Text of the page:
Part 6:  Individual needs, Aging, and Stress Management


First of all, thank you for following this blog and for bearing with me through another multi-part series.  I just want to wrap up this series on recovery with a few related topics that are relevant to this discussion. 


As there are so many factors that go into recovery, assessing your own recovery needs can be a bit challenging.  As a coach, one of the axioms I find myself repeating often is “Everybody is different.”  This may seem a bit trite, but there’s a lot of truth in that statement.  There are, however, several general statements that can be made about individual recovery ability. 


  1. Listen to your body. If you feel great and are not experiencing any limits in the intensity of your workouts, great!  Keep doing what you’re doing, or push yourself harder by gradually ramping up the intensity and/or volume.  However, if you’re persistently experiencing the any or all of the following, there may be some things about your training/nutrition/sleep that need to be re-considered (usually a reduction in intensity or volume):
  • Lack of desire to train
  • Loss of performance in the gym
  • Lingering soreness in muscles and/or joints
  • Poor quality of sleep
  • Low energy levels throughout the remainder of the day.
  • Loss of appetite
  • Digestion issues


  1. Recovery ability changes with age. OUCH -- this hits really close to home for me. I’ve been pursuing specific fitness goals for a LONG time.  Over the 30+ years that I’ve been lifting weights regularly, lots of things about my body have changed.  Obviously, as my body grew, my capacity for training grew, through greater efficiency of movement, better conditioning, better nutrition, a more knowledge of the recovery process.  But this can’t continue forever.  At age 44, I am now at a stage in life where my recovery ability is not what it once was.  As much as I may live in denial of this fact, I can’t train like I did when was 24, or even 34 (though I was in much better shape at 34 than I was at 24!!).  This is a natural part of the aging process, although I can’t honestly say I know when that particular decline started.  It’s probably different for everyone, and there are multiple causes, including genetics, hormones, nutrition, and personal history (injuries, training history, life outside the gym etc.).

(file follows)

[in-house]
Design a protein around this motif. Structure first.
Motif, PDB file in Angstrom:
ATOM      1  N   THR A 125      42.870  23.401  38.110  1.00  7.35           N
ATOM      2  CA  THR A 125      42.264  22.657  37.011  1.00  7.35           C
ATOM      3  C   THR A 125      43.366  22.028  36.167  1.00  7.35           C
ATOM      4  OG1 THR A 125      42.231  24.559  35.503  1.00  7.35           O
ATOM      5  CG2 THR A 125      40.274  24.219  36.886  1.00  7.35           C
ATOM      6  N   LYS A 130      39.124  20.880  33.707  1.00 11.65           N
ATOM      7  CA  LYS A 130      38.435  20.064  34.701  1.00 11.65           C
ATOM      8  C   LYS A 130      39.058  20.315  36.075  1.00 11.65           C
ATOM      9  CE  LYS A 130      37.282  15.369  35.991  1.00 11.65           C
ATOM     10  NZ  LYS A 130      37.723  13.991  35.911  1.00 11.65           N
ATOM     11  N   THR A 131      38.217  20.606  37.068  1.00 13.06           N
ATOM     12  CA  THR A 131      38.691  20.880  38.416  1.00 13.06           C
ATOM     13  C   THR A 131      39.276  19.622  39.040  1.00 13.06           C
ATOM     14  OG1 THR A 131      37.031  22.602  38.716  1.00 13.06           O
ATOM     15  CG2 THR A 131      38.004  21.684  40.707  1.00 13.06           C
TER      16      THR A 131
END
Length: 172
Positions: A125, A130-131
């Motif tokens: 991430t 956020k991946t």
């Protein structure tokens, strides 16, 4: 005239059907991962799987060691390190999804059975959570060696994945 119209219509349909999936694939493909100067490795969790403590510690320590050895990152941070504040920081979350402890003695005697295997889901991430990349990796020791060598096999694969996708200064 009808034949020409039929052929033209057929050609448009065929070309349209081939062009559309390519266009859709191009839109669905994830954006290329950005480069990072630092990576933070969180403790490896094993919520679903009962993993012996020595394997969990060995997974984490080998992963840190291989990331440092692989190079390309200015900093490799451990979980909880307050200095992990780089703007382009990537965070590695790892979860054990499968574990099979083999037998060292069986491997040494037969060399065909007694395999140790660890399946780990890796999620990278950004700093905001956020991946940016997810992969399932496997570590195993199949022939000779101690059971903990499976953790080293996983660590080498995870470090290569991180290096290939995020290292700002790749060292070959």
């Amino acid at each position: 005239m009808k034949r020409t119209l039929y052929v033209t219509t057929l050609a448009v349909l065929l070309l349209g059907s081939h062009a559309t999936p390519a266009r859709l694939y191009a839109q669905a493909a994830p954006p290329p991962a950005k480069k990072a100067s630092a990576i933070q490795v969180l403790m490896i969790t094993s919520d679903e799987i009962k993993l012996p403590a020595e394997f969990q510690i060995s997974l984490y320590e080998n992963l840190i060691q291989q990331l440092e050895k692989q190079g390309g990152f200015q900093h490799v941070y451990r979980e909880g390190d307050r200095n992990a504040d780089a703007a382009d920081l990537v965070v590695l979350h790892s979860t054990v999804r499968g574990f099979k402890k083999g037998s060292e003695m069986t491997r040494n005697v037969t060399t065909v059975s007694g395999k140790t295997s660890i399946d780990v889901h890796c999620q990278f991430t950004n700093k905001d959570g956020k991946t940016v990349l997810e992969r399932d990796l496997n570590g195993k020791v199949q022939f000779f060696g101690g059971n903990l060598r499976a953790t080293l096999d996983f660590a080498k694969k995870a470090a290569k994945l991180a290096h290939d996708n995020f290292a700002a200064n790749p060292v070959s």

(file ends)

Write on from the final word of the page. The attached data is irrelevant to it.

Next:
1. Stress has an impact on recovery. Look again at the list of signs of inadequate recovery.  Think about how many of these are also true when you’re under a great deal of stress outside the gym.  Of course, for many of us, exercise is a great way to relieve stress.  But it’s also very easy (especially for competitive athletes) to allow your goals and the process of attaining them to become a source of stress.  Just as it is true that individuals have different recovery abilities, we each have different capacities to deal with stress.  But if you’re near your limit for stress, I can guarantee you’re not recovering as well as you want to be.


Surely, I don’t need to compile a list of likely sources of stress.  I’m sure we all are aware of the many things (or people) that have potential to add stress to our lives.  Our fast-paced lives are full of potential sources.  However, here’s a list of things that I and many others have found helpful in managing/relieving their stress.


  • Practice gratitude – focus on something you are thankful for. Tell someone how much you appreciate them and why (be specific).  Make a list of things you are thankful for.  How many more things can you add to your list?
  • Change your environment – Turn off your phone and/or computer. Go for a walk outside.  Try a different gym for a day.  Get out of town for a weekend. 
  • Try a new form of exercise – if the thought of trying something new doesn’t fill you with anxiety, try something you don’t do on a regular basis, or something you’ve been interested in trying but just haven’t taken the plunge: yoga, kickboxing, dance, etc.
  • Get involved in your community – churches, civic organizations, volunteering -- anything that allows you to be part of something bigger than yourself, even if just for a few hours.

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